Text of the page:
Posted: Aug. 26, 2017
The Racing Medication and Testing Consortium has signed off on two research projects designed to target illicit substances and plans to launch a four-year grant program to fund additional research into emerging threats.
Also at its Aug. 21 board of directors meeting, the RMTC decided to pursue several model rules, a few of which are tied to mandatory record-keeping by trainers and veterinarians.
The two studies, which received immediate funding, will deal with detection of Selective Androgen Receptor Modulators LGD-4033 compounds, which have the potential to mimic anabolic steroid effects on tissue to increase muscle mass without androgenic effects; and improving the screening of and confirmation sensitivity for EPO-stimulating administered by micro-dosing to obtain a blood-doping effect while avoiding detection.
Funding for the four-year grant program is projected to be at least $500,000, which would come from industry groups and be matched by the RMTC.
“We want this program to provide researchers a consistent funding source for these types of tactical research projects,” RMTC Executive Director Dr. Dionne Benson said. “This initiative will enable us to make significant advances in targeting emerging threats and developing new techniques to test for them–both of which are essential to effectively regulating our sport.”
The model rules that will be forwarded to the Association of Racing Commissioners International are as follows:
- A model rule requiring every veterinarian treating a racehorse at a facility under the jurisdiction of a regulatory agency to submit a veterinarian’s medication report form to the official veterinarian or other regulatory designee in a manner specified by the agency and in an approved format.
- A model rule requiring trainers or their designee to maintain complete records for at least the last 30 days of all corticosteroid and intra-articular injections for all horses in his or her control including the date of the injection, name of the veterinarian performing the injection, articular space(s) or structure(s) injected, medications or biologicals used to inject each articular space, and dose in milligrams of each corticosteroid.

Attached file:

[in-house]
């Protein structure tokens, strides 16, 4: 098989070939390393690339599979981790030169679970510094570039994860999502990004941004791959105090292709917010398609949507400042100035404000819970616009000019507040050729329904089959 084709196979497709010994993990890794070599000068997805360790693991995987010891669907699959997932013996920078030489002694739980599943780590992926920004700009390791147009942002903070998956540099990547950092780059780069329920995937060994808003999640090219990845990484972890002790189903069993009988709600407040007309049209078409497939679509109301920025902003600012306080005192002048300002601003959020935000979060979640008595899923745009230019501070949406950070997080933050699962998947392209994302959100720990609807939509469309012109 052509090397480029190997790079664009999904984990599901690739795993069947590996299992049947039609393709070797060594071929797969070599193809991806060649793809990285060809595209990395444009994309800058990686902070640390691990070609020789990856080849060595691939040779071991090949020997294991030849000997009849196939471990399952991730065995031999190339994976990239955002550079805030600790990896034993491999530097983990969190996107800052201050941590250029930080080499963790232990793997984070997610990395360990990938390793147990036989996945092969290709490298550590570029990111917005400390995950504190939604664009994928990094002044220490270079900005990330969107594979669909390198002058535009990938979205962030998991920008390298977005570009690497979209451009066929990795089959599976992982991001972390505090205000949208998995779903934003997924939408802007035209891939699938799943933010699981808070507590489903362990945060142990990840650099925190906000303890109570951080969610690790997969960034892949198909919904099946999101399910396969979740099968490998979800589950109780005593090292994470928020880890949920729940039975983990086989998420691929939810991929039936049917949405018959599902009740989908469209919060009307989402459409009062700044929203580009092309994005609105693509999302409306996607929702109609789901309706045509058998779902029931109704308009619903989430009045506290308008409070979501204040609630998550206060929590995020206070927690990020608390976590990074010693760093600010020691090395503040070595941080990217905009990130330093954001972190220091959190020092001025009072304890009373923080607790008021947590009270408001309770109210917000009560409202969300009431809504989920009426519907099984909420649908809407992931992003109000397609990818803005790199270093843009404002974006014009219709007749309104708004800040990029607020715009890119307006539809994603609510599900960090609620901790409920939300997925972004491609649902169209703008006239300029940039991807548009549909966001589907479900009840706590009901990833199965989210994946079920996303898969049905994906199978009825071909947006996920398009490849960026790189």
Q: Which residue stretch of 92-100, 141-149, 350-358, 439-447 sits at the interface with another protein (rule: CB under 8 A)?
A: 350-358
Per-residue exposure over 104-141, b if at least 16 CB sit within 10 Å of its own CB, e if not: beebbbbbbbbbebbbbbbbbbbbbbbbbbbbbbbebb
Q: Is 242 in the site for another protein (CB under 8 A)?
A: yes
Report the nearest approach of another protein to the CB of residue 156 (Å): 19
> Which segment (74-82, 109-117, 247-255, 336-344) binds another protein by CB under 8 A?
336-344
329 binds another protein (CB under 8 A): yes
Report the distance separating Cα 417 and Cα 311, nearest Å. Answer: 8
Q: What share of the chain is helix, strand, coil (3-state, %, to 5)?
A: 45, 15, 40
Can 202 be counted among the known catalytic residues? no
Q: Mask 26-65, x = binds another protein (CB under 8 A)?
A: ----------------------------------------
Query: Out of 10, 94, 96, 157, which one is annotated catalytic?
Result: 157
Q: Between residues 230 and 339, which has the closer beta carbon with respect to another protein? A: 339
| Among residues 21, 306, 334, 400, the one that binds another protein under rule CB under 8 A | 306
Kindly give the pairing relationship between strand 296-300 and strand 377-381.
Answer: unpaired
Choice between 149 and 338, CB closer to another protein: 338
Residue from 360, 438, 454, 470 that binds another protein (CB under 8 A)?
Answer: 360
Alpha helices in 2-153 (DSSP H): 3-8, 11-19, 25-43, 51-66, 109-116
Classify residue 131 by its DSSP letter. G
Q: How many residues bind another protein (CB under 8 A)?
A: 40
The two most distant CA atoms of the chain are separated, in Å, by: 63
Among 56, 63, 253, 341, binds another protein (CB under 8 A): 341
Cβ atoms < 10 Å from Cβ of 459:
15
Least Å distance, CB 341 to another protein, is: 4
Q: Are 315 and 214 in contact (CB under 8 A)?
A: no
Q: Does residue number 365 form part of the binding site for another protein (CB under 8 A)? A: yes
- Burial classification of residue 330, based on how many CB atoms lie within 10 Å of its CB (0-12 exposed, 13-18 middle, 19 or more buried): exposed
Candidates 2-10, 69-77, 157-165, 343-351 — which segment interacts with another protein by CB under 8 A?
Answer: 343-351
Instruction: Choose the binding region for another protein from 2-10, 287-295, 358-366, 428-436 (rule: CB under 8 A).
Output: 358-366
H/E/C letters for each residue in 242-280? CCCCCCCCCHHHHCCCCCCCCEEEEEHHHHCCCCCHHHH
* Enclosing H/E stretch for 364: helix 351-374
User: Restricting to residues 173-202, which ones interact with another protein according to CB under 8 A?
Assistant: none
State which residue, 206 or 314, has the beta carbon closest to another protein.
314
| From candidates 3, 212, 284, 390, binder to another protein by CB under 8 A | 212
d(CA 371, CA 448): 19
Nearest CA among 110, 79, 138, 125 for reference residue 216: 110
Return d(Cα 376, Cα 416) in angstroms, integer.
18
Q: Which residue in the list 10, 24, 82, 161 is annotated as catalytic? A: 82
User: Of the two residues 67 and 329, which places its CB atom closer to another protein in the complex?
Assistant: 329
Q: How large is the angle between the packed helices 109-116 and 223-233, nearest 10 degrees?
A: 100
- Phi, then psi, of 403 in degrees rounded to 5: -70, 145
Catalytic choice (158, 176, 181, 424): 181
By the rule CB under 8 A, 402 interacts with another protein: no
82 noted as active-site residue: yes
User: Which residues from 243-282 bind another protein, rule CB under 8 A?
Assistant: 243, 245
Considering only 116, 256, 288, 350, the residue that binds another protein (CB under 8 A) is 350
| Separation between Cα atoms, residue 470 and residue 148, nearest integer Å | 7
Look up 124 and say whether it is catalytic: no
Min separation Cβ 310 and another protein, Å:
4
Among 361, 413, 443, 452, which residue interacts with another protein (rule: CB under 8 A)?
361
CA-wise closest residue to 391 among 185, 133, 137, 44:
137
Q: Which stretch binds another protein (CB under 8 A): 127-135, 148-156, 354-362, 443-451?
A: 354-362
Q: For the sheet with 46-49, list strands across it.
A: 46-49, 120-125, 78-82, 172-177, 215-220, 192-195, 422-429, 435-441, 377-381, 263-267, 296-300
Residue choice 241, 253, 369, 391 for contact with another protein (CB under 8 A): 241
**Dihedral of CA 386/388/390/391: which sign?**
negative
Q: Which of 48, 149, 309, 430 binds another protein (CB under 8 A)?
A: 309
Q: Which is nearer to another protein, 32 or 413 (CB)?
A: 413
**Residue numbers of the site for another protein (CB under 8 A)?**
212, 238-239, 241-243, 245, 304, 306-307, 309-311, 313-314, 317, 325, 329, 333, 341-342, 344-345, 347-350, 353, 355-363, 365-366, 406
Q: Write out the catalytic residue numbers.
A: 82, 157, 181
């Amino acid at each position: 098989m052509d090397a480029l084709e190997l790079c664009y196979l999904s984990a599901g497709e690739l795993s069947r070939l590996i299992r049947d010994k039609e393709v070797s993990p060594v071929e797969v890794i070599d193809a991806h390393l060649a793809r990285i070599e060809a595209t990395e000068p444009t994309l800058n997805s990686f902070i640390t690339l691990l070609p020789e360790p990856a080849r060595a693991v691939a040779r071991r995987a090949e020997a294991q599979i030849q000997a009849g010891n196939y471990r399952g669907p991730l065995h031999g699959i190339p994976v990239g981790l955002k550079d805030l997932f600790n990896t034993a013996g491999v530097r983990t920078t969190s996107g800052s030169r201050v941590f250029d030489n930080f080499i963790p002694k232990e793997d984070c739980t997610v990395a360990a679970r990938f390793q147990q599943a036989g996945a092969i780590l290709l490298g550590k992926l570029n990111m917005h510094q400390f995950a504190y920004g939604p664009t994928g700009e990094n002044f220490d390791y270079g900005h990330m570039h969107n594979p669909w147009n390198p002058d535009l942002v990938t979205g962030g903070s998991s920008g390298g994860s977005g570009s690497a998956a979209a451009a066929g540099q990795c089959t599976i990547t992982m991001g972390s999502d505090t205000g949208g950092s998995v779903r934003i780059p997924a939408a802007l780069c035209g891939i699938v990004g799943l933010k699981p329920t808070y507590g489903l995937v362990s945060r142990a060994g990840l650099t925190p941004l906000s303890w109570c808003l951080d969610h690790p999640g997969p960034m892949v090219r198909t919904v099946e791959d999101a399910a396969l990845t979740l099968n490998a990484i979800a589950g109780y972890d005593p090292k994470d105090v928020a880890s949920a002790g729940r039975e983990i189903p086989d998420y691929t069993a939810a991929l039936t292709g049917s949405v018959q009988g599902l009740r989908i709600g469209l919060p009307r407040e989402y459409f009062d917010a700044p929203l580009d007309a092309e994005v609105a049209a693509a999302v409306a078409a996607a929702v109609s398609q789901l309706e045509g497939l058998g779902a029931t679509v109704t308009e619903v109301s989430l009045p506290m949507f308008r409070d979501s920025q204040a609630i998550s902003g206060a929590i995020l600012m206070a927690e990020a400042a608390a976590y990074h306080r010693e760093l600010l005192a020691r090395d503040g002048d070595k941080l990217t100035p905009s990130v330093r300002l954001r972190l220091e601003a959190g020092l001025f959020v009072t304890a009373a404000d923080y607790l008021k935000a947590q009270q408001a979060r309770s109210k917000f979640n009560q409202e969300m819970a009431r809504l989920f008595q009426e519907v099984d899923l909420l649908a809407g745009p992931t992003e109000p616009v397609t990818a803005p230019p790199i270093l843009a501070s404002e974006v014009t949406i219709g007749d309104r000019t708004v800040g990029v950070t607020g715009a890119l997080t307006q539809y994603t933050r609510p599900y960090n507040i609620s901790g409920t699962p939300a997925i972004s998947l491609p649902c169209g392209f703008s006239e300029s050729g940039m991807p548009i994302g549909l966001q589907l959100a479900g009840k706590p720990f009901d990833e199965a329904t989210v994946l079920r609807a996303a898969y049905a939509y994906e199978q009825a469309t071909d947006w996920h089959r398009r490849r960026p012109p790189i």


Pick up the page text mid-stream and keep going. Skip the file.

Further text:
If a horse is successfully claimed by a new owner, the trainer of record at time of race must provide that horse’s complete corticosteroid and intra-articular injection record(s) for the last 30 days in paper or electronic form but in a format approved by the regulatory agency. The records must be provided to the new trainer within 48 hours of the transfer of the horse, and the trainer or his or her designee shall notify the regulatory veterinarian when the records have been provided. Submission may be delegated to the treating veterinarian, who shall provide the report to the new trainer within 48 hours of the transfer of the horse. Failure of the trainer to provide the 30-day record would result in disciplinary action.
- A model rule stating a claim will be voided if that horse satisfies the regulatory authority’s definition of a claimed horse and dies or is euthanized, or is placed on the official veterinarians’ list prior to physical transfer to the claimant. The claimant can override the voiding of a claim for a vet’s list horse by so indicating on the official claim form at the time the claim is submitted.
A model rule governing trainers’ treatments records was discussed, but the RMTC board opted to solicit comments from stakeholders over the next 30 days and revisit the rule at a later date.
In other business, the RMTC provided an update on adoption of the National Uniform Medication Program, which has four components. The Controlled Therapeutic Medication Schedule has been adopted in 22 of the 34 Thoroughbred and Standardbred pari-mutuel states; third-party veterinarian administration of Lasix has been adopted in 20 jurisdictions; the Multiple Medication Violation Penalty System is in place in 15 states; and there remain only a few holdouts not using a RMTC-accredited drug-testing laboratory.
Benson said the University of Florida lab application has been reviewed and the process of accreditation is underway. With the addition of the Florida laboratory, RMTC-accredited laboratories and those in the process of accreditation are now responsible for the testing of samples for 31 jurisdictions.
National Thoroughbred Racing Association President Alex Waldrop, who chairs the RMTC, said Iowa, Louisiana, and South Dakota, as well as Delaware for harness racing only, still don’t use labs accredited by the RMTC. Delaware has separate racing commissions for Thoroughbred and Standardbred racing.
“Every laboratory across the United States must be RMTC-accredited so that the testing of horse racing samples can consistently and reliably detect a wide variety of substances at low concentrations,” Waldrop said.